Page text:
How about trying this seductive little treat to top off your next dinner party! Poh Ling Yeow’s Rhubarb & Spiced Orange Brûlée is just one of the decadent delights in her popular recent book Poh Bakes 100 Greats (Murdoch Books). Irresistible!
This combo just works so well – the tartness of the rhubarb with the richly spiced custard under a faintly bitter crust of caramelised sugar. If the infusion is too much for you to manage, you can omit the spices and just go for the orange zest or plain vanilla-flavoured custard.
250 g (9 oz) rhubarb stalks, sliced into 2 cm (3/4 inch) pieces (about 2 cups)
60 g (21/4 oz) caster (superfine) sugar
60 ml (2 fl oz/ 1/4 cup) water
200 ml (7 fl oz) milk
300 ml (101/2 fl oz) thin (pouring) cream
1 teaspoon finely grated orange zest
1 cinnamon stick, roughly crushed
2 green cardamom pods, bashed
1.5 cm (5/8 inch) piece of ginger, bashed
5 egg yolks
75 g (21/2 oz/ 1/3 cup) caster (superfine) sugar
1 teaspoon vanilla bean paste
3 tablespoons raw (demerara)
Preheat the oven to 100°C (200°F) fan-forced.
To make the compote, combine the rhubarb, sugar and water in a small saucepan, and bring to the boil. Reduce the heat and simmer, covered, for about 10 minutes until softened, then whisk to break up the threads. Divide the rhubarb among six 9–10 cm (31/2–4 inch) ramekins with 5 cm (2 inch) sides, and spread the mixture to cover the bottom of each dish.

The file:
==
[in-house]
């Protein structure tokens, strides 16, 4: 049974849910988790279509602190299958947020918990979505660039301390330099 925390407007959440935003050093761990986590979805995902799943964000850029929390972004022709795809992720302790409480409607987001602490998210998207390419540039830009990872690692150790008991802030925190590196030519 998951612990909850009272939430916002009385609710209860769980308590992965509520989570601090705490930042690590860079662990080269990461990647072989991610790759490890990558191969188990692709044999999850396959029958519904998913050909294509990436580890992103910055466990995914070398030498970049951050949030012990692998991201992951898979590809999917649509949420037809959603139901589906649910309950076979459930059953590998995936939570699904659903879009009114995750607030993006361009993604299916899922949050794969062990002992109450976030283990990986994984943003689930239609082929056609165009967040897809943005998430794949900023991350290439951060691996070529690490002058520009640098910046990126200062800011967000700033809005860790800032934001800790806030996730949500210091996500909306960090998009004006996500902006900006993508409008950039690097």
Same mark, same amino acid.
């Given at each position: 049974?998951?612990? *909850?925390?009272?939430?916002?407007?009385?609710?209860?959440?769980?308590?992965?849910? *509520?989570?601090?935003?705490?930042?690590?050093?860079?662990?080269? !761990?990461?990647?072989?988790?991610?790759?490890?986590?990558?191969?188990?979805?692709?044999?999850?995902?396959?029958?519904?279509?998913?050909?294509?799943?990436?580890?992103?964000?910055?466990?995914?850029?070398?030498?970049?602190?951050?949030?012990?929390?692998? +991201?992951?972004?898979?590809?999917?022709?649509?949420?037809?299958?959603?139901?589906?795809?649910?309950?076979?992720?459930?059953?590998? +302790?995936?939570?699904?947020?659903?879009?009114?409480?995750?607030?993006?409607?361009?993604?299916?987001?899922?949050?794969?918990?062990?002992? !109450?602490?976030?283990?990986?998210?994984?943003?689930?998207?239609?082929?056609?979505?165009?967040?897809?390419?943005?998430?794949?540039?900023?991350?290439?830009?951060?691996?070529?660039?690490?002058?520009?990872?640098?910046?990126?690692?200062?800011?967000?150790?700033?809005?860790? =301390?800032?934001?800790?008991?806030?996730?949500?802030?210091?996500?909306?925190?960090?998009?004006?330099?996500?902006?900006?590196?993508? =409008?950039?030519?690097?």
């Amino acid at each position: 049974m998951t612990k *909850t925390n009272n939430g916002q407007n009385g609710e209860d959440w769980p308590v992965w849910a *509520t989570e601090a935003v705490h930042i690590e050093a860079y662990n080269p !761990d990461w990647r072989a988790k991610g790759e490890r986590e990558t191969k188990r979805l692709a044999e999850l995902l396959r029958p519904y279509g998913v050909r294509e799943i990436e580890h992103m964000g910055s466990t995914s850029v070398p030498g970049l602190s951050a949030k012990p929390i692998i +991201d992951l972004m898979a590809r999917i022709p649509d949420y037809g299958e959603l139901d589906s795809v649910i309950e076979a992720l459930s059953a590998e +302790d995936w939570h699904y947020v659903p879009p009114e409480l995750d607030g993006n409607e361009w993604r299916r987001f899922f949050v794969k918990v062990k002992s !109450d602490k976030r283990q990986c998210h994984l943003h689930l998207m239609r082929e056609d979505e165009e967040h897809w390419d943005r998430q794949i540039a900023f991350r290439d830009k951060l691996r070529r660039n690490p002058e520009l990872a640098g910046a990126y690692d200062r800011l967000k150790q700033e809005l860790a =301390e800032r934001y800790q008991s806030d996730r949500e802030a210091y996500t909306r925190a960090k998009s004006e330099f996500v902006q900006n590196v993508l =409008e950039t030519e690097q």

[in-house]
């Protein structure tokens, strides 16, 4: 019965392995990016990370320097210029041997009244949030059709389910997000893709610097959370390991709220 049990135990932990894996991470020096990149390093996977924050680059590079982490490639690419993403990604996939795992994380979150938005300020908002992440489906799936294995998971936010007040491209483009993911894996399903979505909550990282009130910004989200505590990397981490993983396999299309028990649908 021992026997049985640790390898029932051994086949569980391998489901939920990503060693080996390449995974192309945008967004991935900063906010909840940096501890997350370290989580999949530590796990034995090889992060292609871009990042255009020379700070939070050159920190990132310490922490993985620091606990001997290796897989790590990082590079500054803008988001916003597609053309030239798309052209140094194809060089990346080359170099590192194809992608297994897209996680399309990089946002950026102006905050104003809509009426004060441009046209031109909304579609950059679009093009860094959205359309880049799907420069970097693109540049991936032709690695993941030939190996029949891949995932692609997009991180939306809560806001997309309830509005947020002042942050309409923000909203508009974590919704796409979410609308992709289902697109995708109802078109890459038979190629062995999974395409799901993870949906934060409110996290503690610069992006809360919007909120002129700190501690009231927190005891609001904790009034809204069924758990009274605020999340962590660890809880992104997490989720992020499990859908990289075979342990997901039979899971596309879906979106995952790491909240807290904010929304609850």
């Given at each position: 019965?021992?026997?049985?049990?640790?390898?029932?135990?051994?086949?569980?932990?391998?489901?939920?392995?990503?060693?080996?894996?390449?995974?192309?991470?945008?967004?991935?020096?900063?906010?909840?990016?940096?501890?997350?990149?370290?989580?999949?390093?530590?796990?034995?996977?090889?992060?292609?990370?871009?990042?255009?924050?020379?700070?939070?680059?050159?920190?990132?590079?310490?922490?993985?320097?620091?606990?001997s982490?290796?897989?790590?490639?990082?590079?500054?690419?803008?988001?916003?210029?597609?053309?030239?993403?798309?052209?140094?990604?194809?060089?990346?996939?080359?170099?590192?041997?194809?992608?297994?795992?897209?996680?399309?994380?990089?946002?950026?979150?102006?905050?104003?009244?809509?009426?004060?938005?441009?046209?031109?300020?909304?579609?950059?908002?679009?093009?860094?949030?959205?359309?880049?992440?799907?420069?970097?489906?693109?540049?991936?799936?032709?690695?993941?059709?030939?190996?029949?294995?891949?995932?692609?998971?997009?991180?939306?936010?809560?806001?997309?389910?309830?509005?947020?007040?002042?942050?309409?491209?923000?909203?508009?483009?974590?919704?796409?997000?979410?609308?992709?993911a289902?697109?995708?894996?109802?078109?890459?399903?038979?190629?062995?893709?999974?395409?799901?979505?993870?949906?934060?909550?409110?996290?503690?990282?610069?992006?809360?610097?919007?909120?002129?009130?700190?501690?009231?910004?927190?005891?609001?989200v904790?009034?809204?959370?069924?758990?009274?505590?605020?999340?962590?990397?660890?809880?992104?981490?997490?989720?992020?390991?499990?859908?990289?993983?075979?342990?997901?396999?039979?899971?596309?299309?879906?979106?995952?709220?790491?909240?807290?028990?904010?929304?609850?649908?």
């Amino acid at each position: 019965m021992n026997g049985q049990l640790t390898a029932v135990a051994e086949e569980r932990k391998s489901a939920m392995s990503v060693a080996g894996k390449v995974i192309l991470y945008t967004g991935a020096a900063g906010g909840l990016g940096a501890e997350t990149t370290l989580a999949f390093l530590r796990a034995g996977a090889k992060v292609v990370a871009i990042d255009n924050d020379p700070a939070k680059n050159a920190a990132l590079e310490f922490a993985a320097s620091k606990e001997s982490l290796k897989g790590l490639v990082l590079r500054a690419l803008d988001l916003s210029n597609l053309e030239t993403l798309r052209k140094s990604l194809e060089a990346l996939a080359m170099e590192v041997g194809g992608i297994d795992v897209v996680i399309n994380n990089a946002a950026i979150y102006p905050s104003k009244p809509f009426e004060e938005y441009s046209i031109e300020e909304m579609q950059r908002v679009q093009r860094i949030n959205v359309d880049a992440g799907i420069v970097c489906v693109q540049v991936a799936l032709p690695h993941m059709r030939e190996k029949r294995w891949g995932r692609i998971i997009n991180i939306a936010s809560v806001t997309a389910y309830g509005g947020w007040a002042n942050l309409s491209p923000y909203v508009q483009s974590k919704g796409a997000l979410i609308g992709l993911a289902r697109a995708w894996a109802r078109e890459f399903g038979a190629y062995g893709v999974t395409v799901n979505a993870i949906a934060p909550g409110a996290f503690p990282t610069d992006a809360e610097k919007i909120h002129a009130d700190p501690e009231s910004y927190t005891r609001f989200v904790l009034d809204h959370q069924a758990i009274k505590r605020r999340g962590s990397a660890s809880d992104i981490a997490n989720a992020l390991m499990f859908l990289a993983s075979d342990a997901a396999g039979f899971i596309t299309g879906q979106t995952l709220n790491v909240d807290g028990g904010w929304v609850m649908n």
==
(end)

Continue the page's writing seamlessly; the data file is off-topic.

To make the custard, microwave the milk, cream, orange zest, cinnamon, cardamom and ginger in a heatproof bowl for 3 minutes on the highest setting. Cool, then cover and refrigerate for 2 hours.
Meanwhile, in a medium mixing bowl, whisk together the yolks and sugar until pale and thick. Using a sieve, strain the infused milk into the yolk-and-sugar mixture. Add the vanilla, then microwave for 2-minute bursts on the highest setting until it is thickened and easily coats the back of a wooden spoon. If the mixture splits a little, bung it all into a blender and blitz on high speed to see if it can be salvaged.
Divide the custard evenly among the ramekins, place them on a baking tray and bake for 20–30 minutes until just set – the custard should be wobbly still. Allow to cool, before transferring to the refrigerator to chill completely.
When ready to serve, sprinkle a teaspoon of the raw sugar on the surface of each brûlée, and torch until the sugar caramelises and forms a crust. It’s good to have a few quite dark spots, as this will add a lovely bitterness. If you don’t have a blowtorch, simply place very close to the preheated element of a hot grill (broiler), and watch carefully.
Tip – The larger the grains of sugar, the easier they will caramelise because of the cavities surrounding the granules, which allow the heat to circulate. Fine sugar is too dense for the heat to penetrate and will more than likely burn black on melting.
Poh Bakes 100 Greats by Poh Ling Yeow (Murdoch Books, RRP $39.99) Photography by Alan Benson.